The Importance of Being Earnest by Oscar Wilde. Produced by the Confetti Stage Company. Directed by Neilson R. Jones.
Reviewed by J. Peter Bergman
"Illness is not a thing to be encouraged."
On this amateur theater companyís production of the single most significant play of its era, a classic comic gem actually, there is little good to relate. Acknowledging the enthusiasm of its untrained players and the mind-bending realities portrayed in this piece as they relate to our modern-day world, the only thing I can do is talk about the contributions of three of the participants in this briefly seen production.
Vivian Hwang manages to pull-off a very decent performance as Cicely Cardew, the ward of the playís titular (sort of) figure. She has charm, a good stage presence and a likely side-career in local theater companies. She is pretty, has a lovely speaking voice and a very decent manner on the stage. She has poise. She can sit and stand without appearing awkward, clumsy or uncomfortable in her surroundings. Her lightly accented voice is perfectly acceptable and she can support the few laughs she got in her confrontation scene with her assumed rival for the love of Mr. E. Worthing. I was glad to see her work. It was heartening.
As her rivalís mother, Lady Bracknell, Kate Gulliver was extremely good. Somehow she has managed to surpass, or bypass, the rest of the company and deliver a performance that belongs in a stronger, better production. She got ninety percent of the laughs the author intended her to have. She was strong and definitive when she needed to be those things. She was almost tender for a moment as she recalled her long dead sister and when she spoke alarmingly sweetly, if disarmingly sarcastically, about her husband. She was also appropriately costumed by Pat Holmes who made everyone else a bit dowdy, other than the reverend.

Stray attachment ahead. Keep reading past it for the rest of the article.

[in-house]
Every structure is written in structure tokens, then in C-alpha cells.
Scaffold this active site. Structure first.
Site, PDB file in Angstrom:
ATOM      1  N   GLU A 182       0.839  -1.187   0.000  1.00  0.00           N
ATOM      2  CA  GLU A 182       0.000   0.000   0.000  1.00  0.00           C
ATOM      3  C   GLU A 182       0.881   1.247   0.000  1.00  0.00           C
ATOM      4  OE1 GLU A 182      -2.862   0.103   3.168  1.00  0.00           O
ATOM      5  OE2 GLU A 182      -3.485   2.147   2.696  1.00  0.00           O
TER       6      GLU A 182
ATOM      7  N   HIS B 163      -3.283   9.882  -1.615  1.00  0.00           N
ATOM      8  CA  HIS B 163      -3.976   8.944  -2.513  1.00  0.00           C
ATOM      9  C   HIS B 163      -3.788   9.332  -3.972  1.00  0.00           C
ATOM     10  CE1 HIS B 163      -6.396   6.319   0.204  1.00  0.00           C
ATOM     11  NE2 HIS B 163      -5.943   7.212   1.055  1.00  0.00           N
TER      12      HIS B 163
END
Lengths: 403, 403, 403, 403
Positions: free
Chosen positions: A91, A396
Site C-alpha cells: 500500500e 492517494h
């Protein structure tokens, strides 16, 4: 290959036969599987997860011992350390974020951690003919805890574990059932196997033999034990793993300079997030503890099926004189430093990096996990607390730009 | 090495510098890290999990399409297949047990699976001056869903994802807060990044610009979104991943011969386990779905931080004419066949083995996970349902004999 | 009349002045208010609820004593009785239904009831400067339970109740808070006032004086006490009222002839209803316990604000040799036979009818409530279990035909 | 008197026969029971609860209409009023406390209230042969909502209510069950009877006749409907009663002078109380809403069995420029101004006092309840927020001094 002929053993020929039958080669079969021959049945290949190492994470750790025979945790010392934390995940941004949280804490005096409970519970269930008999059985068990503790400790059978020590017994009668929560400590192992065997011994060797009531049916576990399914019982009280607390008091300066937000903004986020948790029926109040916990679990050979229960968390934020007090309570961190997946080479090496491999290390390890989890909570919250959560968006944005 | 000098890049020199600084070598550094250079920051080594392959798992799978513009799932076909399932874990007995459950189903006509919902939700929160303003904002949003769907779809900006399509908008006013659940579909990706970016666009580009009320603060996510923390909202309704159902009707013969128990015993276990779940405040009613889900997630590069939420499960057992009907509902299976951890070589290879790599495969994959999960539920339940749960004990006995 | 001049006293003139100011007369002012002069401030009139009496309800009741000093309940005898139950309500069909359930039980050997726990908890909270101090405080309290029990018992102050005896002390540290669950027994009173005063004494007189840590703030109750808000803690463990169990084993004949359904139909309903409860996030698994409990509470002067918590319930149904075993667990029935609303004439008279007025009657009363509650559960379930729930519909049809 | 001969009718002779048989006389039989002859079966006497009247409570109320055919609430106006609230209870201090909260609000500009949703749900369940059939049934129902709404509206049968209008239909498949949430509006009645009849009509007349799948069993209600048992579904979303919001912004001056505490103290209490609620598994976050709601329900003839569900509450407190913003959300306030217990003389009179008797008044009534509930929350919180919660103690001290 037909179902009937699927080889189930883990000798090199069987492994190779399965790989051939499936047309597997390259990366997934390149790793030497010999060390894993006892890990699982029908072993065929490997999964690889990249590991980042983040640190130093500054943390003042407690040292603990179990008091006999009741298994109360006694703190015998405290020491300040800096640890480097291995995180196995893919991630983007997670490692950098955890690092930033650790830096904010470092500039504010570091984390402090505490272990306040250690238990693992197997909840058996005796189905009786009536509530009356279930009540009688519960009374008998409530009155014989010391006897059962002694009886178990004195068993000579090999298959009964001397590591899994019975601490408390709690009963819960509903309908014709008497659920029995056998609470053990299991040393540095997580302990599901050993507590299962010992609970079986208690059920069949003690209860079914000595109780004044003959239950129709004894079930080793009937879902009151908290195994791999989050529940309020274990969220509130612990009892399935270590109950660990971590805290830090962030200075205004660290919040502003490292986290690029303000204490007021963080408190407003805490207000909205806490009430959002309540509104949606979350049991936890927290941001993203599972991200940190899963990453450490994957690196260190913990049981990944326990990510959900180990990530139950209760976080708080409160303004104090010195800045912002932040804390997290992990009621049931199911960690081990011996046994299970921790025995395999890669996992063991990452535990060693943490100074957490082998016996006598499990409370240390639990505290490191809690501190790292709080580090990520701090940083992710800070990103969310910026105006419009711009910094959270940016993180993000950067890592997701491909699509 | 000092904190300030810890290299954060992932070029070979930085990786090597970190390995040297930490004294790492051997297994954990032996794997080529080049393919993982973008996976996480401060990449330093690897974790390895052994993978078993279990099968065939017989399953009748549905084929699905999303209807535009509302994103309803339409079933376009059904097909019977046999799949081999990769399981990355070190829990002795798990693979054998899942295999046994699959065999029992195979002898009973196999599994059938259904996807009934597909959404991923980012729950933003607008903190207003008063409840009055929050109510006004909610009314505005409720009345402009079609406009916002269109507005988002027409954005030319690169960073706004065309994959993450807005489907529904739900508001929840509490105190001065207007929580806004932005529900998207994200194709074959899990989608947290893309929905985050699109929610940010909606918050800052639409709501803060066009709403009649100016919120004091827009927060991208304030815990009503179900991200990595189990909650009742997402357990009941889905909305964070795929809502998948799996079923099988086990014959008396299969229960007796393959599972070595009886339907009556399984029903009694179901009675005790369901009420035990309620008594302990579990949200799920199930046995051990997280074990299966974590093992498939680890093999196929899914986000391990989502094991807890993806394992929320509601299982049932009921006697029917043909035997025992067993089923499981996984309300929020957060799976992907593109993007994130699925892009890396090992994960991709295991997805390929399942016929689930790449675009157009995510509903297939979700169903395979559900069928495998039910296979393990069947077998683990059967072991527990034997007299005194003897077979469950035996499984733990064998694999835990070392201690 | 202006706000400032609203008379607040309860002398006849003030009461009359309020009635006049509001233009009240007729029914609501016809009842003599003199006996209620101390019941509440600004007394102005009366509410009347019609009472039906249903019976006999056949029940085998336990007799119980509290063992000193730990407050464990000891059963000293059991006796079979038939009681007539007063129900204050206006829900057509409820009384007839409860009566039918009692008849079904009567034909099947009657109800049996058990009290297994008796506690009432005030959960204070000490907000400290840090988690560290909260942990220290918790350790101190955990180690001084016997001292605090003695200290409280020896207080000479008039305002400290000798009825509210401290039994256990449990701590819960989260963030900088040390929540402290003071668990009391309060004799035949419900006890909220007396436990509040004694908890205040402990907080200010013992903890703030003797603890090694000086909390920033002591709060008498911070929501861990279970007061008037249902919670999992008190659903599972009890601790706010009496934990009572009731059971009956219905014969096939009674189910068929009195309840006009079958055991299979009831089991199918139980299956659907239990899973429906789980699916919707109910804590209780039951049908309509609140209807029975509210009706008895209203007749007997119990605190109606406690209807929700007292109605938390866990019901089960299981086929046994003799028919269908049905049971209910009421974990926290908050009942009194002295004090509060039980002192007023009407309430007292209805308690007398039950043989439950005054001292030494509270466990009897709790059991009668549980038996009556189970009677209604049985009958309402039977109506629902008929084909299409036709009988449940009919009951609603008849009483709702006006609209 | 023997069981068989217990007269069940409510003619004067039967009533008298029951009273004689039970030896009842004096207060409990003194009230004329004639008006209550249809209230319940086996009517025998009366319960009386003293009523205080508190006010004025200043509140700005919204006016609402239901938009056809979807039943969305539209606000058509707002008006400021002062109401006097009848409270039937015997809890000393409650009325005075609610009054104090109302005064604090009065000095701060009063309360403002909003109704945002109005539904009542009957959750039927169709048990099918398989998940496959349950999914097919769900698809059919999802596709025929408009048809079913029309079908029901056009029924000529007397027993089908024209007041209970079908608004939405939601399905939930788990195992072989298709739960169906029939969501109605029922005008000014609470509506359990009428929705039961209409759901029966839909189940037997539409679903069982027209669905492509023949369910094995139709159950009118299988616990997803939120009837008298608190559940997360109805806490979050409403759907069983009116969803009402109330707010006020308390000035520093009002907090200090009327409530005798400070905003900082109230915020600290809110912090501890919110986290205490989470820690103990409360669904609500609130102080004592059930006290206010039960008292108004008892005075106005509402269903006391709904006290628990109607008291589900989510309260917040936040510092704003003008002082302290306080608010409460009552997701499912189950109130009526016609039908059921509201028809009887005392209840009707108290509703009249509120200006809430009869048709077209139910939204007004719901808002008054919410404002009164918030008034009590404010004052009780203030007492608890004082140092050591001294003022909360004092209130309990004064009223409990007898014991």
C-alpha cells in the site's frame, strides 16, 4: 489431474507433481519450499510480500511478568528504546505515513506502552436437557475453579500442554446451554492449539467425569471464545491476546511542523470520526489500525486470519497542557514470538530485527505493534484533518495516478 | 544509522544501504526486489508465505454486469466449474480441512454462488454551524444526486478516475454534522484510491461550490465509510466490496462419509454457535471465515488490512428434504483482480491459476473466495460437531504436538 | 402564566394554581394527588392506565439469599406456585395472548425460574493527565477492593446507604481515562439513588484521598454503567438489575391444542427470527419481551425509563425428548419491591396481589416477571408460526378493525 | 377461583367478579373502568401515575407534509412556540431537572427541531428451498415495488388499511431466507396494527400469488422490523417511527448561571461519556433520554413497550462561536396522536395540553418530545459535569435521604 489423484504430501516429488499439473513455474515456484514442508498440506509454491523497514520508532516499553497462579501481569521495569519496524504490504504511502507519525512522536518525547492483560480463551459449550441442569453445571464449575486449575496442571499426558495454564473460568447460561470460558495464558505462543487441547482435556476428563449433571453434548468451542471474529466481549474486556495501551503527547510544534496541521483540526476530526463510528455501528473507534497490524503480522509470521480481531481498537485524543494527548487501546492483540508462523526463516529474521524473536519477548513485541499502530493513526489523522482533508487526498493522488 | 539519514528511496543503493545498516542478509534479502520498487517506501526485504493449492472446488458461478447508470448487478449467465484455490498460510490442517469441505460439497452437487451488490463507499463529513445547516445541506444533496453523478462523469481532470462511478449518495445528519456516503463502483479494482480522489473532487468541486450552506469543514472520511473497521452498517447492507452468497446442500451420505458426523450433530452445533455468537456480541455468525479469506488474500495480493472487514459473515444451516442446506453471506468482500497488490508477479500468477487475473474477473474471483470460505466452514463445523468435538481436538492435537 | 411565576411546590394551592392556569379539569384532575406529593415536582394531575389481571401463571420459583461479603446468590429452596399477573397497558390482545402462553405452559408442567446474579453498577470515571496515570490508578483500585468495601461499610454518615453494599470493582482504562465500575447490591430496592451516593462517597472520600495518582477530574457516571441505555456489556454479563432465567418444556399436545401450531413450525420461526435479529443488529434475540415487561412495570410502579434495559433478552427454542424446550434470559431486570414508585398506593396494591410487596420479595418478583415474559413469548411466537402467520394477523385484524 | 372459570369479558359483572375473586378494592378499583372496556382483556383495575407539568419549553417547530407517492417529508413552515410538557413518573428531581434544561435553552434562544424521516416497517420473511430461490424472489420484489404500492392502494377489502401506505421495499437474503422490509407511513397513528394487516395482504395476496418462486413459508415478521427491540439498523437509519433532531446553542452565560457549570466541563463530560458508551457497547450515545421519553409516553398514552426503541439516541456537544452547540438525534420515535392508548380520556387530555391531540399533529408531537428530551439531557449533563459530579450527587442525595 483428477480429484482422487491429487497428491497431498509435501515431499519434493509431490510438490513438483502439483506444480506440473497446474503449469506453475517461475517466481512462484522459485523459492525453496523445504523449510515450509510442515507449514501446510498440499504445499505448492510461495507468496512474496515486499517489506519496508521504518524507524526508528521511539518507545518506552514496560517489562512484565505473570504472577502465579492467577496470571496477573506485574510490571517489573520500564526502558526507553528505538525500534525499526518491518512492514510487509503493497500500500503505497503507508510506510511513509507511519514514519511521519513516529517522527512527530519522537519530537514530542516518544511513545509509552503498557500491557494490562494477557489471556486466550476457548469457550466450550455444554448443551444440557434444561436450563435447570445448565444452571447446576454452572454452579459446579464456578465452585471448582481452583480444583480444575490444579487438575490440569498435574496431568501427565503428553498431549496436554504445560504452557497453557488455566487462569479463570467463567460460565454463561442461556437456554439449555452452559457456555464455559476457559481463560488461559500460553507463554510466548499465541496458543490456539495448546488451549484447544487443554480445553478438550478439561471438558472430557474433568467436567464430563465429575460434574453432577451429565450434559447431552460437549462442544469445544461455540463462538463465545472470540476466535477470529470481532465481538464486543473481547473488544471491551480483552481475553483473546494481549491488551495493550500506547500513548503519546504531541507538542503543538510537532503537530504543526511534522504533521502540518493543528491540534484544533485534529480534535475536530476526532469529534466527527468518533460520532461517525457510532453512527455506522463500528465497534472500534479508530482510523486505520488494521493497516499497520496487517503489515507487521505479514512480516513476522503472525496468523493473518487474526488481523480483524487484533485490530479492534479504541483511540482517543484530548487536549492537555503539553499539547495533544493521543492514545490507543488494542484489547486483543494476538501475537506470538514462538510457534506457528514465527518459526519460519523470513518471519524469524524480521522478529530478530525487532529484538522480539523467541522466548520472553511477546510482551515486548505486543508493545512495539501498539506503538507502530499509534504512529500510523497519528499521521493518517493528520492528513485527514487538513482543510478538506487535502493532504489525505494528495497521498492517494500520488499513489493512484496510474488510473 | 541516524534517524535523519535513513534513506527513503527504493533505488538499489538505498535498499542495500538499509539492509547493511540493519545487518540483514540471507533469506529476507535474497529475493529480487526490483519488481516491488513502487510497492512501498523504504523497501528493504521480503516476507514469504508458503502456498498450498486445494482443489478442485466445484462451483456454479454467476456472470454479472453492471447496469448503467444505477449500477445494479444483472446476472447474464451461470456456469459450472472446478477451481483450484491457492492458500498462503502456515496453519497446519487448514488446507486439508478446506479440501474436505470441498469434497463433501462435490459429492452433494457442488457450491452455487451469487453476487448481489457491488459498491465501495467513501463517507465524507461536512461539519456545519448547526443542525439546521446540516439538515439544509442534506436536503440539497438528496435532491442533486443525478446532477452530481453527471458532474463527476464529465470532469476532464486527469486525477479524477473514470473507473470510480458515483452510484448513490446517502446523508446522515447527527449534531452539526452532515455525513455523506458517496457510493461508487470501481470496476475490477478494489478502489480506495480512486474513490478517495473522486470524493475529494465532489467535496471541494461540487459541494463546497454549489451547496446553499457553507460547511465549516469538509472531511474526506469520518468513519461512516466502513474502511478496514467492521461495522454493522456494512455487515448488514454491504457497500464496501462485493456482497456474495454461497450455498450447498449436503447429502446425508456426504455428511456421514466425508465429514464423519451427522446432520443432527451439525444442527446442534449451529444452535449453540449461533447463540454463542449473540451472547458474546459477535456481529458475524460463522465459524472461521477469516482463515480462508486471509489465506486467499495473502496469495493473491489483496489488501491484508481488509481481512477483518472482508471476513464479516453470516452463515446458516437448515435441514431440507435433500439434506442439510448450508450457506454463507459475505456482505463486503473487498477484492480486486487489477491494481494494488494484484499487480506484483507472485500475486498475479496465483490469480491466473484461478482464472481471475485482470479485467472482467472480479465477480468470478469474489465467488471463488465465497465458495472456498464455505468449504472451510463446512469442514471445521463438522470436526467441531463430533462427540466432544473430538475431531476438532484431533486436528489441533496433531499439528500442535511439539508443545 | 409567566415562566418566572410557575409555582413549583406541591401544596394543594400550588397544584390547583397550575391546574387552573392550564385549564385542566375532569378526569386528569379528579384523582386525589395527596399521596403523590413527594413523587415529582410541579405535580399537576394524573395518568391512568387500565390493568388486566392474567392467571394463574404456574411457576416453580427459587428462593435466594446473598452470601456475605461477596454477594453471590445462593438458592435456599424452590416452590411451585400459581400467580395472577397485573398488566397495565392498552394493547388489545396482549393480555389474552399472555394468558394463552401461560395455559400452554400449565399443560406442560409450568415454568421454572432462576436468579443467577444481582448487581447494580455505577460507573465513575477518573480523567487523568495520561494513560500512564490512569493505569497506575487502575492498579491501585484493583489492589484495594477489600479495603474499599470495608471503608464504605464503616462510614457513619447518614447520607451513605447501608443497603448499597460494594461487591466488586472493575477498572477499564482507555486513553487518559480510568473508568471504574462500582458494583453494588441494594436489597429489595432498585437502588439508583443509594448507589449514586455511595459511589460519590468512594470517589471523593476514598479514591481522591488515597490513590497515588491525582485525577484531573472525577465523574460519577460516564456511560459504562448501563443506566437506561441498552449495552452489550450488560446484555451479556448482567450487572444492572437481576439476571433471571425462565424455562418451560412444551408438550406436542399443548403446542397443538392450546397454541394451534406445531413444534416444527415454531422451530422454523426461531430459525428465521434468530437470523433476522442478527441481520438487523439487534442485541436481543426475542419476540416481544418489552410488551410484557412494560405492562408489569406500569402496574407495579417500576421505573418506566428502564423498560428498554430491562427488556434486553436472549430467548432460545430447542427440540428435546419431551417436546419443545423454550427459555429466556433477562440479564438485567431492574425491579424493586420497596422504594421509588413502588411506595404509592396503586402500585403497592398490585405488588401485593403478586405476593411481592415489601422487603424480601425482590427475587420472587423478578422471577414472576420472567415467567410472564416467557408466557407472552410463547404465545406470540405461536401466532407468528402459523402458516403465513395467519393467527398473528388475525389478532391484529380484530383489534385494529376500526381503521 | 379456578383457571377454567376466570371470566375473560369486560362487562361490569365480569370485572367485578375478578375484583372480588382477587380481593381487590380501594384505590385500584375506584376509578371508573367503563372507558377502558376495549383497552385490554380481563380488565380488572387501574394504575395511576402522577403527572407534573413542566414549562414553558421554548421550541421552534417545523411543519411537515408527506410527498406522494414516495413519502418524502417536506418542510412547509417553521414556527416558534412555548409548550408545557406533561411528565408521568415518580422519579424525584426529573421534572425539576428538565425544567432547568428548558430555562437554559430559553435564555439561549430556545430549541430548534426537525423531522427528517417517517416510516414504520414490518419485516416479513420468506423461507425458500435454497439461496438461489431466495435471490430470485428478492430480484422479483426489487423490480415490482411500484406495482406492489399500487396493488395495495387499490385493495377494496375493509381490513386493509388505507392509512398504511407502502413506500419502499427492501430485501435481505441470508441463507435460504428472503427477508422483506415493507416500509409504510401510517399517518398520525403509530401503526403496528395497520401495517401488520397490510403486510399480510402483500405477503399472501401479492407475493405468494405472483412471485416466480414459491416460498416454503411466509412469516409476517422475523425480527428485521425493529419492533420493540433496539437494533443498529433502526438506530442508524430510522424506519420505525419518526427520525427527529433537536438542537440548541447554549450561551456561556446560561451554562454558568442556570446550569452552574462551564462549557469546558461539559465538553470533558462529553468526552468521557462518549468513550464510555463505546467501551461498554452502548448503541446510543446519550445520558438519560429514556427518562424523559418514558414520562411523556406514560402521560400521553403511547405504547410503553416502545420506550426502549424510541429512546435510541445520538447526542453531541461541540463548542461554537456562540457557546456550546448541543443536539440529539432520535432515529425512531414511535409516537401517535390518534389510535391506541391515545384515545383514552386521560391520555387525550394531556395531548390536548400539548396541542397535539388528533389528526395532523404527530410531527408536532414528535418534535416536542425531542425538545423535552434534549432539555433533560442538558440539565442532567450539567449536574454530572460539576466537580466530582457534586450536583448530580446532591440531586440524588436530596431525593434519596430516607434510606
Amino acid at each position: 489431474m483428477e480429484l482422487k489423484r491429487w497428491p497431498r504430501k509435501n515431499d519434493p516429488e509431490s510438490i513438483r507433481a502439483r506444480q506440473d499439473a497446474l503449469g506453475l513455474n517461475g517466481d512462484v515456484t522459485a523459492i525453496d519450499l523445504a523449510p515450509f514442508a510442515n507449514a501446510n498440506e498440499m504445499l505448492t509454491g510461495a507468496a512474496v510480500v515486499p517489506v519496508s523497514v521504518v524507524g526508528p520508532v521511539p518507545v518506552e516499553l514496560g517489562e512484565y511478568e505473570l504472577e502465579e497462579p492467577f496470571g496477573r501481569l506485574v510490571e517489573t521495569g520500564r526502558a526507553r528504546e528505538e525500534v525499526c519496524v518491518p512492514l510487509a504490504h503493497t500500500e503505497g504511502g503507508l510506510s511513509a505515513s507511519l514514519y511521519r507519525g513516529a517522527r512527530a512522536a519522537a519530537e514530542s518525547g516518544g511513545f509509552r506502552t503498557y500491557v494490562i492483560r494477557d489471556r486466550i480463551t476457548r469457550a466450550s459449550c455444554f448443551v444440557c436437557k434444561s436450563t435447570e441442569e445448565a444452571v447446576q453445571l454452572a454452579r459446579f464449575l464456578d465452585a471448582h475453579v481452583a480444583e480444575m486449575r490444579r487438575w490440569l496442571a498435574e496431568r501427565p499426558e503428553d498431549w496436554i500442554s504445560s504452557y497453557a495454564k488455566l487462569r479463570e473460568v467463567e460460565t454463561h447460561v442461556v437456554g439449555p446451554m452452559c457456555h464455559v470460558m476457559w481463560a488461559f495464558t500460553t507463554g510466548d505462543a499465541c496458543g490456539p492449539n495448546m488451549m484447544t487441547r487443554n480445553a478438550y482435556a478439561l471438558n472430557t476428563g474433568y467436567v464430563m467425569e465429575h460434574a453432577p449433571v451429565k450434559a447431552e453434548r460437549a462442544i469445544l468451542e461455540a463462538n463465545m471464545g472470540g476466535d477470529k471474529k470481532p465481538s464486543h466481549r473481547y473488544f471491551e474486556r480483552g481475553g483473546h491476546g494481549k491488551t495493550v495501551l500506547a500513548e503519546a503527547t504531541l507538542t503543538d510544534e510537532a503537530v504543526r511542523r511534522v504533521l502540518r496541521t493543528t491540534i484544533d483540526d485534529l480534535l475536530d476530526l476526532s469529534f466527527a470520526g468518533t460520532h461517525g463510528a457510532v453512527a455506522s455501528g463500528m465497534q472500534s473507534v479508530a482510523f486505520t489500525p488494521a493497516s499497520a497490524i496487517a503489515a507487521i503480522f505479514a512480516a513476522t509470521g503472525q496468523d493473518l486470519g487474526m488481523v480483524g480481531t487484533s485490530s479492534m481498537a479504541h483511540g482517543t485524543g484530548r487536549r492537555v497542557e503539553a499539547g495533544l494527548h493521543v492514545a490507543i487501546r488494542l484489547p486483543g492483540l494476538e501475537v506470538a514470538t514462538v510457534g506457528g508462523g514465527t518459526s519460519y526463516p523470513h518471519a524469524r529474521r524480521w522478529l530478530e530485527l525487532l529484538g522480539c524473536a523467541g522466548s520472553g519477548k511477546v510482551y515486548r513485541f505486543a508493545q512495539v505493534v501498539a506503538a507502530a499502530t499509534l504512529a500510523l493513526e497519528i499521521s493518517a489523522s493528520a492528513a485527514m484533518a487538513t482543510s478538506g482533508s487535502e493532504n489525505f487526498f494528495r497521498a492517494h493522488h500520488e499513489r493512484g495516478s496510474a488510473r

The play has been mis-directed (and by that I do not mean that he has sent us looking elsewhere so that he can effect some smart change on the stage) by Neilson R. Jones. He has clearly never seen an effete comedy, never dealt with blatant stereotypes in an honest manner, never added movement that allows a character to emerge, grow and stand alone in glory. The people in this play are active. No one is stagnant. No one is ever outside of a scene he or she is written into. For Mr. Jones, it seems, people should stand or sit in one place for as long as possible and never move, never react, never become a part of the action of the play.
Wilde did not write words, aphorisms, clever things to say. He wrote humorous characters with intentions. This production never reveals those things, but merely allows untrained actors to be as dull and boring as possible. Itís an achievement of sorts.
The Importance of Being Earnest plays at the Masonic Hall in downtown Albany, NY through next Sunday.